Astronomy & Astrophysics 101: Gravitational Lensing

GAL-CLUS-022058s

NASA/ESA Hubble Space Telescope image of GAL-CLUS-022058s, located in the southern hemisphere constellation of Fornax (The Furnace). Credit: ESA/Hubble & NASA, S. Jha, Acknowledgement: L. Shatz

Gravitational lensing occurs when a massive celestial body — such as a galaxy cluster — causes a sufficient curvature of spacetime for the path of light around it to be visibly bent, as if by a lens. The body causing the light to curve is accordingly called a gravitational lens.

According to Einstein’s general theory of relativity, time and space are fused together in a quantity known as spacetime. Within this theory, massive objects cause spacetime to curve, and gravity is simply the curvature of spacetime. As light travels through spacetime, the theory predicts that the path taken by the light will also be curved by an object’s mass. Gravitational lensing is a dramatic and observable example of Einstein’s theory in action. Extremely massive celestial bodies such as galaxy clusters cause spacetime to be significantly curved. In other words, they act as gravitational lenses. When light from a more distant light source passes by a gravitational lens, the path of the light is curved, and a distorted image of the distant object — maybe a ring or halo of light around the gravitational lens — can be observed.


Gravitational lensing occurs when a massive celestial body — such as a galaxy cluster — causes a sufficient curvature of spacetime for the path of light around it to be visibly bent, as if by a lens. The body causing the light to curve is accordingly called a gravitational lens. Credit: ESA/Hubble (M. Kornmesser & L. L. Christensen)

An important consequence of this lensing distortion is magnification, allowing us to observe objects that would otherwise be too far away and too faint to be seen. Hubble makes use of this magnification effect to study objects that would otherwise be beyond the sensitivity of its 2.4-meter-diameter primary mirror, showing us thereby the most distant galaxies humanity has ever encountered.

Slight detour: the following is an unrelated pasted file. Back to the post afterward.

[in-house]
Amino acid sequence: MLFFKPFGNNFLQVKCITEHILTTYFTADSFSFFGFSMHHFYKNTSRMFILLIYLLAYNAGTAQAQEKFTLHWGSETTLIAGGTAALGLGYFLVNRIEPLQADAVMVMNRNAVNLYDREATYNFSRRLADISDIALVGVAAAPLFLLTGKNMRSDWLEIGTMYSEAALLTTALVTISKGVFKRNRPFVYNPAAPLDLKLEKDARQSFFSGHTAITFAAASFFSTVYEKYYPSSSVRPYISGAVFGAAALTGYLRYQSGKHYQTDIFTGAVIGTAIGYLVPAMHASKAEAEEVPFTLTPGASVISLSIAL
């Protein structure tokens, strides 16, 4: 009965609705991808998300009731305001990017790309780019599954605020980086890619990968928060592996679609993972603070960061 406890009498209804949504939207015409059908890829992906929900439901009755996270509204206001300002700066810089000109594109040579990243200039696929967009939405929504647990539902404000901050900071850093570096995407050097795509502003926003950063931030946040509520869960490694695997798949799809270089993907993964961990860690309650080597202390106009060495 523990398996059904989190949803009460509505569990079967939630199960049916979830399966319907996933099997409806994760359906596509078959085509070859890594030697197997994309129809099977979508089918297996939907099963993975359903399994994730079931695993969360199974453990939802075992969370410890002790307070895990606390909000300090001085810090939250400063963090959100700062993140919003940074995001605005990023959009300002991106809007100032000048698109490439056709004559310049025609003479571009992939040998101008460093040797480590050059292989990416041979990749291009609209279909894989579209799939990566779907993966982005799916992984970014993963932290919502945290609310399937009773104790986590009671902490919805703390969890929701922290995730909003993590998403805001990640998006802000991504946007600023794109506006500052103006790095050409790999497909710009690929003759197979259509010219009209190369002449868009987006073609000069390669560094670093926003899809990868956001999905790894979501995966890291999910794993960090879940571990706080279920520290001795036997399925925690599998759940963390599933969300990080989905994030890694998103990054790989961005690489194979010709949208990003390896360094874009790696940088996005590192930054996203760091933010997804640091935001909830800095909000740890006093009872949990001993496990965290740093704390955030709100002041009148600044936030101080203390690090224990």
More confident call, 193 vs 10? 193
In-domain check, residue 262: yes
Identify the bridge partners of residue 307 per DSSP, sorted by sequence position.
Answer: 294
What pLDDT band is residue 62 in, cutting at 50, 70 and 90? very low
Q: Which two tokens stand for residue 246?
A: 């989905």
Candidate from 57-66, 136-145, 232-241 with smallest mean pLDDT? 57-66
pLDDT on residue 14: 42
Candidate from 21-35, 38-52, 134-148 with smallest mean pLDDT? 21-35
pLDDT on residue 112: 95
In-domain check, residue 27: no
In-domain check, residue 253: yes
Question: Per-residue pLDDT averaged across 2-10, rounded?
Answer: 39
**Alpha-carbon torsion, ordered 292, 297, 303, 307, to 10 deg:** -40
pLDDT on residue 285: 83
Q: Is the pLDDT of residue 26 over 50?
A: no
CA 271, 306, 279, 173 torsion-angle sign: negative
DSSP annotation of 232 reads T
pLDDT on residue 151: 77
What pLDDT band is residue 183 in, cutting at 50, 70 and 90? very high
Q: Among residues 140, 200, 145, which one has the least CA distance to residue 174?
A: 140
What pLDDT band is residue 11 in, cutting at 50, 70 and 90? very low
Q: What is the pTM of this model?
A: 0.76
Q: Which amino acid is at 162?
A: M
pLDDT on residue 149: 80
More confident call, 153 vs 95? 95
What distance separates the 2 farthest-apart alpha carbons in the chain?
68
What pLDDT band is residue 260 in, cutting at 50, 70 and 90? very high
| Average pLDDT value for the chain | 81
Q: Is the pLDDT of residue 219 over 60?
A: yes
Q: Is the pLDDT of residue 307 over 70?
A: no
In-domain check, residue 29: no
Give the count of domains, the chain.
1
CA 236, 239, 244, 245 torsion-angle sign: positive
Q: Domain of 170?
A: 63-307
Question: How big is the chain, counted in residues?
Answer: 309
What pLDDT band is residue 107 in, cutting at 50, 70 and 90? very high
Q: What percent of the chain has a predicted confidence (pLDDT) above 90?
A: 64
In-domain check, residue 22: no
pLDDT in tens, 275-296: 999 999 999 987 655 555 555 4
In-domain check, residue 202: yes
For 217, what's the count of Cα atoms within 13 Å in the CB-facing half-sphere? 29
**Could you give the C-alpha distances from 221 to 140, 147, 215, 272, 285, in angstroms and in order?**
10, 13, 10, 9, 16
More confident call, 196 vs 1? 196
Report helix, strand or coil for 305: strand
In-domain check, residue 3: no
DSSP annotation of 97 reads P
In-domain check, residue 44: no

This Space Sparks Episode explores the concept of gravitational lensing. This effect is only visible in rare cases and only the best telescopes — including the NASA/ESA Hubble Space Telescope — can observe the results of gravitational lensing. The strong gravity of a massive object, such as a cluster of galaxies, warps the surrounding space, and light from distant objects traveling through that warped space is curved away from its straight-line path. This video highlights how Hubble’s sensitivity and high resolution allow it to see details in these faint, distorted images of distant galaxies.

Hubble’s sensitivity and high resolution allow it to see faint and distant gravitational lenses that cannot be detected with ground-based telescopes whose images are blurred by the Earth’s atmosphere. The gravitational lensing results in multiple images of the original galaxy each with a characteristically distorted arc-like shape or even into rings. Hubble was the first telescope to resolve details within these multiple arc-shaped features. Its sharp vision can reveal the shape and internal structure of the lensed background galaxies directly.

Word Bank Gravitational Lensing

Credit: ESA/Hubble & NASA, S. Jha, Acknowledgement: L. Shatz

An image released in 2020 as part of the ESA/Hubble Picture of the Week series of the object known as GAL-CLUS-022058s revealed the largest ring-shaped lensed image of a galaxy (known as an Einstein ring) ever discovered, also one of the most complete. The near exact alignment of the background galaxy with the central elliptical galaxy of the cluster warped and magnified the image of the background galaxy into an almost perfect ring.

Learn more about Hubble’s observations of gravitational lensing here.

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